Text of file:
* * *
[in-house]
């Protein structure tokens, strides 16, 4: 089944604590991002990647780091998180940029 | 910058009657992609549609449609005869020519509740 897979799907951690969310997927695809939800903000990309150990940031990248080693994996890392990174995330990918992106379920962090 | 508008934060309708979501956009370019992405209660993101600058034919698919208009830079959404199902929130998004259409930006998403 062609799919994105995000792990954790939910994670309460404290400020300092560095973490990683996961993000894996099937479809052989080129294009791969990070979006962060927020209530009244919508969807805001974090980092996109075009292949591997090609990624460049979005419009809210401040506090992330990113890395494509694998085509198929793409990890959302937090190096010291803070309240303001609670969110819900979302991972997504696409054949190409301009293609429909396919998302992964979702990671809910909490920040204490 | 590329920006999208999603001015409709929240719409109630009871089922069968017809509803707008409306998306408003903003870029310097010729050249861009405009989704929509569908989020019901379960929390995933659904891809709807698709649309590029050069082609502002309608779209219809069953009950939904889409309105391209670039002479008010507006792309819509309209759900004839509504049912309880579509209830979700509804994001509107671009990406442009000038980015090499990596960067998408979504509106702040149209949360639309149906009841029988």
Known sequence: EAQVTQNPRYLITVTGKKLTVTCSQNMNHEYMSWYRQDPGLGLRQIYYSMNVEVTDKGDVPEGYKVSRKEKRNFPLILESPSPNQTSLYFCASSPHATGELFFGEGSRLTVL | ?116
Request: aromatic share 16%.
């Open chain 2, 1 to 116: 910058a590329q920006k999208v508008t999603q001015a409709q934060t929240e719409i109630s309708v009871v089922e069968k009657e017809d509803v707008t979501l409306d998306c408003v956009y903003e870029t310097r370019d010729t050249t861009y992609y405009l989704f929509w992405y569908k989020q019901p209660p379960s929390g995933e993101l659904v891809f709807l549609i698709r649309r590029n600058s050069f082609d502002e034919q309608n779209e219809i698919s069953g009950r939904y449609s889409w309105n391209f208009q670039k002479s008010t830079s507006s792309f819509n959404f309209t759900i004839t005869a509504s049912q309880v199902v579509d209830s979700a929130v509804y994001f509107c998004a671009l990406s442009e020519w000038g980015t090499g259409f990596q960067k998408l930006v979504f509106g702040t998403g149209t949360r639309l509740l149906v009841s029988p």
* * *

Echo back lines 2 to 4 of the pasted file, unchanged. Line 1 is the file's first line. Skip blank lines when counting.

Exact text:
């Protein structure tokens, strides 16, 4: 089944604590991002990647780091998180940029 | 910058009657992609549609449609005869020519509740 897979799907951690969310997927695809939800903000990309150990940031990248080693994996890392990174995330990918992106379920962090 | 508008934060309708979501956009370019992405209660993101600058034919698919208009830079959404199902929130998004259409930006998403 062609799919994105995000792990954790939910994670309460404290400020300092560095973490990683996961993000894996099937479809052989080129294009791969990070979006962060927020209530009244919508969807805001974090980092996109075009292949591997090609990624460049979005419009809210401040506090992330990113890395494509694998085509198929793409990890959302937090190096010291803070309240303001609670969110819900979302991972997504696409054949190409301009293609429909396919998302992964979702990671809910909490920040204490 | 590329920006999208999603001015409709929240719409109630009871089922069968017809509803707008409306998306408003903003870029310097010729050249861009405009989704929509569908989020019901379960929390995933659904891809709807698709649309590029050069082609502002309608779209219809069953009950939904889409309105391209670039002479008010507006792309819509309209759900004839509504049912309880579509209830979700509804994001509107671009990406442009000038980015090499990596960067998408979504509106702040149209949360639309149906009841029988």
Known sequence: EAQVTQNPRYLITVTGKKLTVTCSQNMNHEYMSWYRQDPGLGLRQIYYSMNVEVTDKGDVPEGYKVSRKEKRNFPLILESPSPNQTSLYFCASSPHATGELFFGEGSRLTVL | ?116
Request: aromatic share 16%.